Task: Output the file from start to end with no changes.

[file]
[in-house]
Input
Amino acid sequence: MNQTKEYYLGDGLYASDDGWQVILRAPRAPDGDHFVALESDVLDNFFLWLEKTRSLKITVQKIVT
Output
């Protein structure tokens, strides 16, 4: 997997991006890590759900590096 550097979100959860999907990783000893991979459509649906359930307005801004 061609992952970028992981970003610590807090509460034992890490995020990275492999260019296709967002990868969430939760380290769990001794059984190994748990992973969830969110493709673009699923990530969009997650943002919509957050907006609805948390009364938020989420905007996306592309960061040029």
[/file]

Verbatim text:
[in-house]
Input
Amino acid sequence: MNQTKEYYLGDGLYASDDGWQVILRAPRAPDGDHFVALESDVLDNFFLWLEKTRSLKITVQKIVT
Output
């Protein structure tokens, strides 16, 4: 997997991006890590759900590096 550097979100959860999907990783000893991979459509649906359930307005801004 061609992952970028992981970003610590807090509460034992890490995020990275492999260019296709967002990868969430939760380290769990001794059984190994748990992973969830969110493709673009699923990530969009997650943002919509957050907006609805948390009364938020989420905007996306592309960061040029």